Beltway Confidential

Obama's disregard for experience and humility

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Beltway Confidential,Timothy P. Carney,Barack Obama,Lobbying

I'll admit, I was drawn into this article on President Obama by Norm Ornstein's odd assertion that Obama has enforced "stiff restrictions on lobbyists entering the administration." Nobody should write something like that without noting that the Obama administration has hired at least 100 ex-lobbyists, including a former Goldman Sachs lobbyist as chief of staff at Treasury.

But the rest Ornstein's article is very revealing (Ornstein is a scholar at the American Enterprise Institute, where I serve as a fellow). As I read the piece, Obama didn't put much stake in experience when staffing his administration:

The initial White House staff structure did not include anyone in a prominent position who knew the executive branch intimately—knew which positions among the political appointees were important for the president's policy objectives and needed to be filled quickly by experts or managers ...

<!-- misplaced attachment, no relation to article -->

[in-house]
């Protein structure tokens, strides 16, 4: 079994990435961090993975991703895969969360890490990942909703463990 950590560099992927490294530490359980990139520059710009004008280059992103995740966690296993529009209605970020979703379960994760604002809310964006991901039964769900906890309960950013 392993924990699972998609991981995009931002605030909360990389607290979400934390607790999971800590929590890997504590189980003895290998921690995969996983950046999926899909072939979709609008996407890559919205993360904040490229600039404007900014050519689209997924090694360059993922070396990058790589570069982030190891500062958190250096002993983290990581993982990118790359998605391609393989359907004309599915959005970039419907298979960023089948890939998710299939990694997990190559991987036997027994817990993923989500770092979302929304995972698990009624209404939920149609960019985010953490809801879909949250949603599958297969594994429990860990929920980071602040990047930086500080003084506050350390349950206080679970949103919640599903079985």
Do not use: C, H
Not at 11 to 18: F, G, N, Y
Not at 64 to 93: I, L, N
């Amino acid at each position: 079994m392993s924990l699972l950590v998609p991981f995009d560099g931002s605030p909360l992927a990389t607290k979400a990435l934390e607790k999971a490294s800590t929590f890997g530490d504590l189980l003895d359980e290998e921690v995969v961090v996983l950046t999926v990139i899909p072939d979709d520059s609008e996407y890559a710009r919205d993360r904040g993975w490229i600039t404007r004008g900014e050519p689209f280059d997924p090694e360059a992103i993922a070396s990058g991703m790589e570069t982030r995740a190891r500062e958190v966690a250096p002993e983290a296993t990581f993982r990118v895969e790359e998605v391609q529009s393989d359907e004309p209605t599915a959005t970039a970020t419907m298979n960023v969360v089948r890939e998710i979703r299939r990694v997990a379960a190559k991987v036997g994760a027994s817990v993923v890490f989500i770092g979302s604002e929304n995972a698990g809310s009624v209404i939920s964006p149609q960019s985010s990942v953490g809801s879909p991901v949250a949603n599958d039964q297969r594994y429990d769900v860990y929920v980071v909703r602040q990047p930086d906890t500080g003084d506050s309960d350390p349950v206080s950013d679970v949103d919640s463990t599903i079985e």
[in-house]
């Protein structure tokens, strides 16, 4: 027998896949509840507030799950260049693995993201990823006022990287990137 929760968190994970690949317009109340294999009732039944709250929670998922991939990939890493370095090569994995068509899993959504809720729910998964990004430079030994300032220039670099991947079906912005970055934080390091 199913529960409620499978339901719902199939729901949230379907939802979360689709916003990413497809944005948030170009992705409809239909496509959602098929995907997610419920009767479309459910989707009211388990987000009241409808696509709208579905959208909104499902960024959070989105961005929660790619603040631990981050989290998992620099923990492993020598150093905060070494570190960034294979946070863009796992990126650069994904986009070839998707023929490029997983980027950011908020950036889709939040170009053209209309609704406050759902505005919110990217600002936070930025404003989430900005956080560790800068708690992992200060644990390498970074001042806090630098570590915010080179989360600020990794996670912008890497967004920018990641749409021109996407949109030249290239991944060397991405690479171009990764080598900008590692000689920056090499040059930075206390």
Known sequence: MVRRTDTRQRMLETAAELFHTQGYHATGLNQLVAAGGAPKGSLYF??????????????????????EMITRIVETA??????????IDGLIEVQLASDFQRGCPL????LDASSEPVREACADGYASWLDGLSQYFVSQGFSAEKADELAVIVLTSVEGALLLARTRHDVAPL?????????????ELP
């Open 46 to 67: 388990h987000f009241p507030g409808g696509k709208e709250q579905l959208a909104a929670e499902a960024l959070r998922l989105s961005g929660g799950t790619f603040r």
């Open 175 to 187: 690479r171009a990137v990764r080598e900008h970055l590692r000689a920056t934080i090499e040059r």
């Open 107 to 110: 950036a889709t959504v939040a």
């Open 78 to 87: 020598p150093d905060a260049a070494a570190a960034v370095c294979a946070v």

This struck a chord with me because it echoes my suspicions that Obama suffers from hubris. Charles Krauthammer put it well in my interview for our cover story: "He's the least-experienced, least-known president probably in the history of the United States. ... If you're coming in as a novice, you ought to have some humility in deciding where you want to go and take the country.”

Krauthammer argues that Obama's policy agenda is insufficiently humble. Ornstein points to a different problem: Obama's managerial approach was insufficiently humble. As I read Ornstein, Obama put too much stake in intelligence and good intentions (meaning, "being liberal") and too little stake in such stodgy ideas as experience and wisdom.

This Ornstein passage is also telling:

The first clues to this problem came during the transition in 2008. George W. Bush and his chief of staff, Josh Bolten, offered exemplary assistance to the incoming Obama team — but many of the ideas on the table to streamline the nomination process for executive posts, including the cumbersome vetting element, were ignored.

Who needs experience, humility or wisdom from predecessors when you've got the best and brightest, with the best intentions, willing to work really hard?

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